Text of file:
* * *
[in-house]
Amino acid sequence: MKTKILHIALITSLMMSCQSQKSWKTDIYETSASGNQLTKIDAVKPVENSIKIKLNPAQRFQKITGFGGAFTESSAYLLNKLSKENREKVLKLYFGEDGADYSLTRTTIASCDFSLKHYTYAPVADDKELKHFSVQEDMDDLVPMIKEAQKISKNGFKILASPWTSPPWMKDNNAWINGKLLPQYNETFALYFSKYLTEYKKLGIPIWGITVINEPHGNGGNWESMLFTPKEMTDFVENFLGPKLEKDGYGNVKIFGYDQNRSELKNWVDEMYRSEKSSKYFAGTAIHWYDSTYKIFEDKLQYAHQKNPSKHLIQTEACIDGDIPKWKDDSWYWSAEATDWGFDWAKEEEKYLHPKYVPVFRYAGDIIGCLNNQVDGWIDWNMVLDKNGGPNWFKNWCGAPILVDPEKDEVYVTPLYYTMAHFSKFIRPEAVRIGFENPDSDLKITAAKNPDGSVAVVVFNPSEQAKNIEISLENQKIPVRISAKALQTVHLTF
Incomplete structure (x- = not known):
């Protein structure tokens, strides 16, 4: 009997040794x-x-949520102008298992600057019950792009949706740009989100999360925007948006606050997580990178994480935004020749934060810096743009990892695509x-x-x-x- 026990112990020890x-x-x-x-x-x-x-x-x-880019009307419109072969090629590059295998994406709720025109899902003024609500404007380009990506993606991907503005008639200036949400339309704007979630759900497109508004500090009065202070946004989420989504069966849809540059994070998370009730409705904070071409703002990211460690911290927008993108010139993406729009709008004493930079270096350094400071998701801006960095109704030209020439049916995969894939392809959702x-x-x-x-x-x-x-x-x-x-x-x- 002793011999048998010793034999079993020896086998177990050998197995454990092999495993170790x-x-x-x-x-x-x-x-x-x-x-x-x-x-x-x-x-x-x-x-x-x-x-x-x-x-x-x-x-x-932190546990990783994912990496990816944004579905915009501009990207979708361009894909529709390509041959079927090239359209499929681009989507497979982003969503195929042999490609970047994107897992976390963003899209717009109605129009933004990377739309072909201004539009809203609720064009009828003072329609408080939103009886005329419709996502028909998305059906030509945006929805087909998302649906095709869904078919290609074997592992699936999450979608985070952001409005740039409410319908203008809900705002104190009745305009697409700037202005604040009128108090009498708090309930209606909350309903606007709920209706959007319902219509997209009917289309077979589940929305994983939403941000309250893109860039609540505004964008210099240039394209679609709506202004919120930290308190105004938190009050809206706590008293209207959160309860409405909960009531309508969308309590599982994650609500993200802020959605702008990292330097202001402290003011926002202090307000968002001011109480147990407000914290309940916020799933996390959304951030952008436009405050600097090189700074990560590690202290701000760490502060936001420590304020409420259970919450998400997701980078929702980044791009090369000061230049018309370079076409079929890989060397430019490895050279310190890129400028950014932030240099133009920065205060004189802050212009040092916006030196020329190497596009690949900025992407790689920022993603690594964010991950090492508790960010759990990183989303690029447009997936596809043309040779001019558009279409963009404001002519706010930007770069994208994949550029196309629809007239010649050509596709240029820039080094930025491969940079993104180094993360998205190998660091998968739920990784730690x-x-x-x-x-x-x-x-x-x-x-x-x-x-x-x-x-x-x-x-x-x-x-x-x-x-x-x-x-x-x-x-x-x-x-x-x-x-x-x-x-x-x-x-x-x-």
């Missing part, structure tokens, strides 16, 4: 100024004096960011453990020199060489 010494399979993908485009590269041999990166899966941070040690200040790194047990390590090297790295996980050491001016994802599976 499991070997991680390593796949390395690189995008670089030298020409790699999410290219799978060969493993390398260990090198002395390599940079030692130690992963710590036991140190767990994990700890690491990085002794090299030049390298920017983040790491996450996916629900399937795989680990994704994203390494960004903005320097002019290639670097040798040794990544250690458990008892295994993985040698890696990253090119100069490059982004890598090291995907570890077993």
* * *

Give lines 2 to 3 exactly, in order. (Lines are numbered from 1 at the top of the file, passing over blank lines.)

Amino acid sequence: MKTKILHIALITSLMMSCQSQKSWKTDIYETSASGNQLTKIDAVKPVENSIKIKLNPAQRFQKITGFGGAFTESSAYLLNKLSKENREKVLKLYFGEDGADYSLTRTTIASCDFSLKHYTYAPVADDKELKHFSVQEDMDDLVPMIKEAQKISKNGFKILASPWTSPPWMKDNNAWINGKLLPQYNETFALYFSKYLTEYKKLGIPIWGITVINEPHGNGGNWESMLFTPKEMTDFVENFLGPKLEKDGYGNVKIFGYDQNRSELKNWVDEMYRSEKSSKYFAGTAIHWYDSTYKIFEDKLQYAHQKNPSKHLIQTEACIDGDIPKWKDDSWYWSAEATDWGFDWAKEEEKYLHPKYVPVFRYAGDIIGCLNNQVDGWIDWNMVLDKNGGPNWFKNWCGAPILVDPEKDEVYVTPLYYTMAHFSKFIRPEAVRIGFENPDSDLKITAAKNPDGSVAVVVFNPSEQAKNIEISLENQKIPVRISAKALQTVHLTF
Incomplete structure (x- = not known):